By Carol Becwar
Being toward the introverted end of the spectrum, I struggle at times to figure out how I will fit into an unfamiliar group. So I have a soft spot in my heart for the new person. Sometimes a connection seems natural, but other times it takes a while to find commonalities that lead to friendship.
The world often discourages real connection between people. Electronic media, the chaos of family life, careers, and the pursuit of happiness can exhaust and isolate us, hindering the formation of meaningful relationships.
Yet, here is what Luke tells us about the newly established church:
They devoted themselves to the apostles’ teaching and to fellowship, to the breaking of bread and to prayer. Everyone was filled with awe at the many wonders and signs performed by the apostles. All the believers were together and had everything in common. They sold property and possessions to give to anyone who had need. Every day they continued to meet together in the temple courts. They broke bread in their homes and ate together with glad and sincere hearts, praising God and enjoying the favor of all the people. And the Lord added to their number daily those who were being saved. Acts 2: 42-47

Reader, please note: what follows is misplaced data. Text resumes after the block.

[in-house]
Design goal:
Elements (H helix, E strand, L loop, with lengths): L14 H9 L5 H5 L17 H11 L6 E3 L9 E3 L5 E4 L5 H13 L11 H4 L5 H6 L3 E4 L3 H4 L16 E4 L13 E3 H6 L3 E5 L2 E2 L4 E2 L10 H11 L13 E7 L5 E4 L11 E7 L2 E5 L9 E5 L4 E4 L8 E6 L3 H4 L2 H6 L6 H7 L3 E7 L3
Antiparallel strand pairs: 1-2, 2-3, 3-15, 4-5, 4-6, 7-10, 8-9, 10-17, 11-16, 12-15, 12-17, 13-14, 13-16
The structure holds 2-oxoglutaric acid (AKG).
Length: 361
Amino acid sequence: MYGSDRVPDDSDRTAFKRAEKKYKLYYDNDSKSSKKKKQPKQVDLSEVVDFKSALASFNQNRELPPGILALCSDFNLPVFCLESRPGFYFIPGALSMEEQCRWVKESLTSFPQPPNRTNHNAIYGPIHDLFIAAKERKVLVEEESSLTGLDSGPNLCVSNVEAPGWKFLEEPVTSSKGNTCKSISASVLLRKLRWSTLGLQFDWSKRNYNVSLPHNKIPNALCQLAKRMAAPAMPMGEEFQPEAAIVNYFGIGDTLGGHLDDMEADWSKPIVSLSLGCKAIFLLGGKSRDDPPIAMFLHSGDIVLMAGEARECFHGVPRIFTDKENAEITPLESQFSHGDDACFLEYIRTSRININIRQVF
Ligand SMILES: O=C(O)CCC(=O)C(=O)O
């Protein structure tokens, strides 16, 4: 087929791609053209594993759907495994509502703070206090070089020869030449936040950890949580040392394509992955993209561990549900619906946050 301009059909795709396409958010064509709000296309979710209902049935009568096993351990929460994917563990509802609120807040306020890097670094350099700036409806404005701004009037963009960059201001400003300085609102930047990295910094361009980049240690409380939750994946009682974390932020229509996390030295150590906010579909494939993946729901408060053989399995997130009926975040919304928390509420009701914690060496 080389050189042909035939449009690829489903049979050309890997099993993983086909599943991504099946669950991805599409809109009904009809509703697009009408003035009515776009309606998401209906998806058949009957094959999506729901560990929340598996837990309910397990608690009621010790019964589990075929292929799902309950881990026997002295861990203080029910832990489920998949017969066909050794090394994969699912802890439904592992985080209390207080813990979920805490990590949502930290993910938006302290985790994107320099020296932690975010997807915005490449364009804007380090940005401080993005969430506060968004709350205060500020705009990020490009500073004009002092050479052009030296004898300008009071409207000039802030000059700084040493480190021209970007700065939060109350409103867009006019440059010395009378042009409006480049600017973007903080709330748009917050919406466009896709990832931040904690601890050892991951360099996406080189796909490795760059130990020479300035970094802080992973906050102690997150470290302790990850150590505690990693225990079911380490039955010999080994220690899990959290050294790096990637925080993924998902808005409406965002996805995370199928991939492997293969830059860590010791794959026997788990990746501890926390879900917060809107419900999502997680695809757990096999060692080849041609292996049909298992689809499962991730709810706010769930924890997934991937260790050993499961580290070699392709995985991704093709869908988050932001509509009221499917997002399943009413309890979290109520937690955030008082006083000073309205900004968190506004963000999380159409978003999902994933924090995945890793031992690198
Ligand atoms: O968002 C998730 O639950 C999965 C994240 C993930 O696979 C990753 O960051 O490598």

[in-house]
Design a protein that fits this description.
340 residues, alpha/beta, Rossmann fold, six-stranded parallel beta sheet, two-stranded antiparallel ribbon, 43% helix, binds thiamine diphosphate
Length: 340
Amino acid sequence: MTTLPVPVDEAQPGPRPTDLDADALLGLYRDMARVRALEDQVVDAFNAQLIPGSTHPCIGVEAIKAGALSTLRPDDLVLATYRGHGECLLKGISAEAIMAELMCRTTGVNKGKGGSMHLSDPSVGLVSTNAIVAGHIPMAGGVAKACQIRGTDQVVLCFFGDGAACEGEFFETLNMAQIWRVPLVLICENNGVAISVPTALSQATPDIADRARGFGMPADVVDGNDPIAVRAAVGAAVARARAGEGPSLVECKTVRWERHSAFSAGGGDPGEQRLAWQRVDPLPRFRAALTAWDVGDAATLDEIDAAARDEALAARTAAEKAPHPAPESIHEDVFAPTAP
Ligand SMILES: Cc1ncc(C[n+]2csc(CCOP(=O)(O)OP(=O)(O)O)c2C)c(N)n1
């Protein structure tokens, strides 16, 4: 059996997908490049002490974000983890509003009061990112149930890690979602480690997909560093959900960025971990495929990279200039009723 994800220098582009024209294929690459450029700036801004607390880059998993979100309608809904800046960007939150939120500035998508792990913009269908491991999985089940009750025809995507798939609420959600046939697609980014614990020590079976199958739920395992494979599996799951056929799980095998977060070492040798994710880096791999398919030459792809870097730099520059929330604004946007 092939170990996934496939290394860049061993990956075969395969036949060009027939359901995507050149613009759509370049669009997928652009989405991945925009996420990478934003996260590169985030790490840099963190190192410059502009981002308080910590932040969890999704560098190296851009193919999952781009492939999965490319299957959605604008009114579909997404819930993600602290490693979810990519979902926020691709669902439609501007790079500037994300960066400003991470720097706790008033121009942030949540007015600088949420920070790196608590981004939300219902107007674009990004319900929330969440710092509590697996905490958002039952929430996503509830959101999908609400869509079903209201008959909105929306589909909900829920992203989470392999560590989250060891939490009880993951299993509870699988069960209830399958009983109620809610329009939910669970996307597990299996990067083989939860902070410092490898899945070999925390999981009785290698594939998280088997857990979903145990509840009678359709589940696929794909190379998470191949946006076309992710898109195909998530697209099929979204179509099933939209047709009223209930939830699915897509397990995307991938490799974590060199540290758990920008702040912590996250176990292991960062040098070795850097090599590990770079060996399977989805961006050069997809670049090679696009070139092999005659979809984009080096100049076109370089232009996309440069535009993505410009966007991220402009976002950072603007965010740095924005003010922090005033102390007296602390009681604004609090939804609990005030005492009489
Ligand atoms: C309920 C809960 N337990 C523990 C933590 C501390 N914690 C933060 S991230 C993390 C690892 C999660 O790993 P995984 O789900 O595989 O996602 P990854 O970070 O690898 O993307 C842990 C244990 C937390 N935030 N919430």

I've read this passage many times, but today it's importance strikes me in ways it hasn't in the past. God isn't asking us to solve the problems of a sinful world. He is commanding us to embrace each other in self-sacrificing love. To welcome the disenfranchised into the family. To go forward as sisters and brothers to build a safe haven for the heart and soul of each believer and seeker. To make ourselves accountable to the community of believers.
In our culture, personal desires for comfort and success, and the appeal of modern electronic communication, discourage opening ourselves to others on a personal level. We are naturally self-centered, but we are called to stop acting naturally! Join me in praying that the church will be an oasis of generosity and love. Dig deep into the New Testament writings and emulate the behavior of those early believers. Then the church will be a true home to everyone, a place where fellowship and spiritual renewal are hard to miss. The most introverted, distracted, and tired people can find joy and rest in the church they call home.